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Extension of higher level collective agreements in SlovakiaLegal view
24 Feb 2014 Career and HR
New rules for the extension of applicability of collective agreements entered into force on 1 January 2014. Compared to the past, the employer’s consent is no longer a condition for extension of the binding force of higher level collective agreements. Although pessimistic scenarios on the possible effects accompanying this legislation could be forecast, only the future will show how the law will be brought into life. In the meantime, it is recommended to become familiar with the new legislation.
Extension via statistical codes
A higher level collective agreement is, in general, negotiated between trade union organizations and employers’ associations in a certain sector. Agreements at a higher level are superior to collective agreements at the company level and individual employment contracts. If higher level collective agreements stipulate more favourable conditions for employees, employers must observe them.
Under the amendment to the Act on Collective Bargaining the key factor for extension is the SK-NACE code of activity. NACE refers to the statistical classification of economic activities in the European Union. Generally, employers can check the SK-NACE code currently registered for their main business activity on the website of the Slovak Statistical Office. Each higher level collective agreement should be classified by statistical codes at division level (a two-digit code) or group level (a three-digit code).
Since 1 January 2014, any party to a higher level collective agreement may propose by written motion to the Ministry of Labour, Social Affairs and Family for the higher level collective agreement to be extended to all other employers in the same industry (referring to statistical codes). Based on the motion, the Ministry publishes an announcement in the Commercial Journal (in Slovak “Obchodny vestnik”) and on the Ministry’s website. After the announcement, the relevant employers have the right to raise their objections in writing to the Ministry within 30 calendar days.
The next step is made by a special advisory committee established by the Ministry on the tripartite principle. The committee’s members should be representatives of the Ministry of Labour, the Ministry of Economy, the Statistical Office and employers’ organizations and trade unions. In addition to the objections made by the employers, the role of the Committee is to focus on another legal condition for extension. The extension can be approved only if employers who already are bound by this collective agreement have more employees than other employers in the same sector who are bound by another higher level collective agreement.
It is to be noted that the conclusions of the committee are only advisory opinions and the Ministry will have the final say. If the Ministry accommodates the application for the extension, the Ministry’s decision in the form of a generally binding decree is published in the Collection of Laws.
Limited exemptions allowed
By using statistical codes the extension will be flat, i.e., once approved, it will apply to all employers in the specific sector. The existence of a trade union organization or a collective agreement at the company level has no importance.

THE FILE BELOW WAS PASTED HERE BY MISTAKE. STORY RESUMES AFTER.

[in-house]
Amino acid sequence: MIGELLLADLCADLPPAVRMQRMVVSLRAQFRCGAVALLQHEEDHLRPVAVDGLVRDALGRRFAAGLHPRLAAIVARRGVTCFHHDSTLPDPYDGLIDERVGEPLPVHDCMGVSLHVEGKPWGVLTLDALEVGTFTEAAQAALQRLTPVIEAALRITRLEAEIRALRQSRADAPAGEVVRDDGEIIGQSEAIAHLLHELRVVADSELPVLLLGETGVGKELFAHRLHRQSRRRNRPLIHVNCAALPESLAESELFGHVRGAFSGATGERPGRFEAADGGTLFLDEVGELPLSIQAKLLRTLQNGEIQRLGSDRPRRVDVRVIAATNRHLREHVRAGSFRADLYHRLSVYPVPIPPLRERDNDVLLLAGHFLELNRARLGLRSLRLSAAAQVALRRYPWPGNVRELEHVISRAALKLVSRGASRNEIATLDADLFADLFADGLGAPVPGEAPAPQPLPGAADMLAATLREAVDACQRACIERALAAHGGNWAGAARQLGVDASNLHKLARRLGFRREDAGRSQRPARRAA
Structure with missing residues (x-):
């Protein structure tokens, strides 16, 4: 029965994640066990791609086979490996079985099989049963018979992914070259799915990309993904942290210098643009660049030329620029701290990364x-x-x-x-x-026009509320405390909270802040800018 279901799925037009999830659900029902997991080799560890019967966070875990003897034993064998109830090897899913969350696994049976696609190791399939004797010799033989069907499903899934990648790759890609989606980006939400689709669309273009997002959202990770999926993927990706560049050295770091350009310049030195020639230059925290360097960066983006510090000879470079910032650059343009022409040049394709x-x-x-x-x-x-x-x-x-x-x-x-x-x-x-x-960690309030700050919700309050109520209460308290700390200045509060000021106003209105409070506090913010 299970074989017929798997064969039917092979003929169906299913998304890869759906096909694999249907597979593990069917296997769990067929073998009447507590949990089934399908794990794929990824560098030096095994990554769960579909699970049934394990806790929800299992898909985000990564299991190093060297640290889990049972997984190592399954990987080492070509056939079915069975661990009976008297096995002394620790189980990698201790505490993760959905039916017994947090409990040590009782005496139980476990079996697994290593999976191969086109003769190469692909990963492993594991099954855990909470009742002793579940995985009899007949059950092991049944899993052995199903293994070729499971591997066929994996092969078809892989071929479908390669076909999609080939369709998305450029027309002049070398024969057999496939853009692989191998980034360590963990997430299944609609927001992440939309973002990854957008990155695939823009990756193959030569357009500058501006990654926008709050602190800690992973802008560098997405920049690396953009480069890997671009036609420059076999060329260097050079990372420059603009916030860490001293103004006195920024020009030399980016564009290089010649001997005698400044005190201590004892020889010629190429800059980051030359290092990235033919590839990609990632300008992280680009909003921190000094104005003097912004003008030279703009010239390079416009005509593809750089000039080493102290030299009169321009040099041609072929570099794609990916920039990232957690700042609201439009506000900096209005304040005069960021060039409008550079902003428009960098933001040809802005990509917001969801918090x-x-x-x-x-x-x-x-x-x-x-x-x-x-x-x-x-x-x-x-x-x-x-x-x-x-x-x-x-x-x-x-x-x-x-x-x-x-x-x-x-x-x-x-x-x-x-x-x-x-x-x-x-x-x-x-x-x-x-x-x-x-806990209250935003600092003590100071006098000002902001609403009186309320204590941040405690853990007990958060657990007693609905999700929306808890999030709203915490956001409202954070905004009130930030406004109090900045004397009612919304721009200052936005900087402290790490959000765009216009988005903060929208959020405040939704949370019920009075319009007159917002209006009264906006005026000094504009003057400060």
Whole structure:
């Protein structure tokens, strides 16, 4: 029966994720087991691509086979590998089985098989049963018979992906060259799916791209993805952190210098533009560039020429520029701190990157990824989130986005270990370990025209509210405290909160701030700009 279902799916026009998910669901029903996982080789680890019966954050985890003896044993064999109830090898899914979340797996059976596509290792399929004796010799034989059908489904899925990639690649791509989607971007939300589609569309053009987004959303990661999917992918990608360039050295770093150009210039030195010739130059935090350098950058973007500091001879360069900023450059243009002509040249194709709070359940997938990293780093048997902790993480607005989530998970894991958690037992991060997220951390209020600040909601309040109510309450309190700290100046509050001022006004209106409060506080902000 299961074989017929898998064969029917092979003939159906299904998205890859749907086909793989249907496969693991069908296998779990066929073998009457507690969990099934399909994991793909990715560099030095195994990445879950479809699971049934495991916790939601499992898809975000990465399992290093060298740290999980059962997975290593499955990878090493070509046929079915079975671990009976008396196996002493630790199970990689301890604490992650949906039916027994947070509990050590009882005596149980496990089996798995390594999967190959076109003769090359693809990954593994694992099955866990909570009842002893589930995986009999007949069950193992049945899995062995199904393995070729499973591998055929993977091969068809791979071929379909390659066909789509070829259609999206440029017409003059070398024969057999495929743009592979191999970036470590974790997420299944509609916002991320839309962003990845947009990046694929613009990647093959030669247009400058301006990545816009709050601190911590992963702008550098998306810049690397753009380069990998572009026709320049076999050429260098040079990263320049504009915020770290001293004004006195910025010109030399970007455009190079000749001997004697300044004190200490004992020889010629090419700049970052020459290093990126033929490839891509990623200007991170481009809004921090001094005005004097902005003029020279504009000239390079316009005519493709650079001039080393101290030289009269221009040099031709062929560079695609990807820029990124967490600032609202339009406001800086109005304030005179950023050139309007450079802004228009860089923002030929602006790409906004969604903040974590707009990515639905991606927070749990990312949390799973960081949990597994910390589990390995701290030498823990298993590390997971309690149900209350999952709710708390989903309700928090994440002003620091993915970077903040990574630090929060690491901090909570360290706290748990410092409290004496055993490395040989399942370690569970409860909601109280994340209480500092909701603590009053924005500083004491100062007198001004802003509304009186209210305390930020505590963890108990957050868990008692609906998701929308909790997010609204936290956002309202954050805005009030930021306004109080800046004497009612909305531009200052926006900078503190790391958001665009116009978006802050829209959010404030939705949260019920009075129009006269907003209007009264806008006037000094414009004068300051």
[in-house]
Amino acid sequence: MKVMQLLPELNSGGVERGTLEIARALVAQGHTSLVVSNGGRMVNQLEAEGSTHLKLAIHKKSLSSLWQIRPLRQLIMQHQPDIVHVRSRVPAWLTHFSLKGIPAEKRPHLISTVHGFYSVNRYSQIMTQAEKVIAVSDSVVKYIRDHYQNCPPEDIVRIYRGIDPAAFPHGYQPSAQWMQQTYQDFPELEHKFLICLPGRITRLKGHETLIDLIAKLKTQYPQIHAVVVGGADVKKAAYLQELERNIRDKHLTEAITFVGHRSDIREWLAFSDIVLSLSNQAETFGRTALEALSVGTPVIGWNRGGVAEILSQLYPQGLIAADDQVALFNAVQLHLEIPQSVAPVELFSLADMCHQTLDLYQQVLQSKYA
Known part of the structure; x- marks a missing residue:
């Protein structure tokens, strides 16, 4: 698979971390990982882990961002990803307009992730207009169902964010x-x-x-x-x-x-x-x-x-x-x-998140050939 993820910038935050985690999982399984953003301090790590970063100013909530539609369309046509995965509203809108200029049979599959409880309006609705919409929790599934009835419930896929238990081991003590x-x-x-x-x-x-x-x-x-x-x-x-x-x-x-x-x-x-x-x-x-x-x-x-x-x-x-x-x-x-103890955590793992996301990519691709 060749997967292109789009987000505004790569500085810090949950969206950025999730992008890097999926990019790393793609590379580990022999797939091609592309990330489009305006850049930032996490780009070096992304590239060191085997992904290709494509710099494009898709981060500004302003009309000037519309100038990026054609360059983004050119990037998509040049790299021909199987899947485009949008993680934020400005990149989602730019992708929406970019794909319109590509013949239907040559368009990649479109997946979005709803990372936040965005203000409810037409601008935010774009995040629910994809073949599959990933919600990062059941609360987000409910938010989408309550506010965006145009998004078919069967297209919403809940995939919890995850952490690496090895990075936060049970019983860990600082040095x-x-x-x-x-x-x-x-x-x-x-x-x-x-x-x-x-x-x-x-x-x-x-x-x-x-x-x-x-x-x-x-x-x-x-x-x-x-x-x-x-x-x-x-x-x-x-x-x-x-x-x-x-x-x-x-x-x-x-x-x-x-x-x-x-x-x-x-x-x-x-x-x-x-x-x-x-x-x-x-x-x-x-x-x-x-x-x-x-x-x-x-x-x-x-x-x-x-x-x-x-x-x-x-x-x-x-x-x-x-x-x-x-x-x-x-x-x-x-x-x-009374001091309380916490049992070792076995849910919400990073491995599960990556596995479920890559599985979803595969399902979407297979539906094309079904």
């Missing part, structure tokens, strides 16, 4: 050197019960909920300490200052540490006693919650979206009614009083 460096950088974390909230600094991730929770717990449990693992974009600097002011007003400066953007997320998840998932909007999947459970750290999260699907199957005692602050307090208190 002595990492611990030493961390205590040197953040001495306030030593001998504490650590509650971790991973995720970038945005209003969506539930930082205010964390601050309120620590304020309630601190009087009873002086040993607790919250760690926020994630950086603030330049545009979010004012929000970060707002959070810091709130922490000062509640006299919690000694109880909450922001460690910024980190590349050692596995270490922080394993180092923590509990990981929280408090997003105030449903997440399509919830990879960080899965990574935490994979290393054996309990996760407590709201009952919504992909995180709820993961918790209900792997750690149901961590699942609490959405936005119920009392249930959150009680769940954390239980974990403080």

However, there are a few exceptions in the new legislation. These exceptions include, in particular, employers with fewer than 20 employees or employers whose percentage of disabled employees is more than 10 percent, employers in liquidation or that are bankrupt, and companies who have been operating on the market for a period shorter than 24 months. The mandatory extension of applicability of collective agreements also does not apply to employers who are already bound by another higher level collective agreement.
As a result large companies who are already party to a higher level collective agreement should not be concerned. However, as the extension might affect medium-sized companies, usually sub-contractors of large companies, the whole sector can be affected by forced limits of working conditions. Guaranteed salary, bonuses for overtime or night work, and minimum severance in excess of the statutory minimum fixed in the higher-level collective agreement are expected to be the most common issues. As for the sectors affected, the electro technical industry and metal sector could be the first targets according to the press.
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To sum up, based on the new legislation even employers who did not participate in negotiations on higher level collective agreements in any way could be bound by these agreements. Such an extension depends on the motion made by the parties to a higher level collective agreement and the Ministry of Labour’s decision. If the motion is approved, the employers in the given sector (classified by statistical SK-NACE codes) will have to respect not only the minimum standards set by Slovak labour legislation but also the higher standards agreed to in the extended higher level collective agreement.
Source: Elena Chorvátová, Attorney at Law, PETERKA & PARTNERS Law Offices
This article is for information purposes only. Under no account can it be considered as either a legal opinion or advice on how to proceed in particular cases or on how to assess them. If you need any further information on the issues covered by this article, please contact PETERKA & PARTNERS, Tel. +421 2 544 18 700; E-mail: firstname.lastname@example.org; www.peterkapartners.com
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Founded in 2000, PETERKA & PARTNERS has grown into a full-service law firm with over 100 lawyers and eight offices in Prague, Bratislava, Kyiv, Sofia, Moscow, Bucharest, Warsaw and Minsk and has built up a highly regarded practice within the CEE region.
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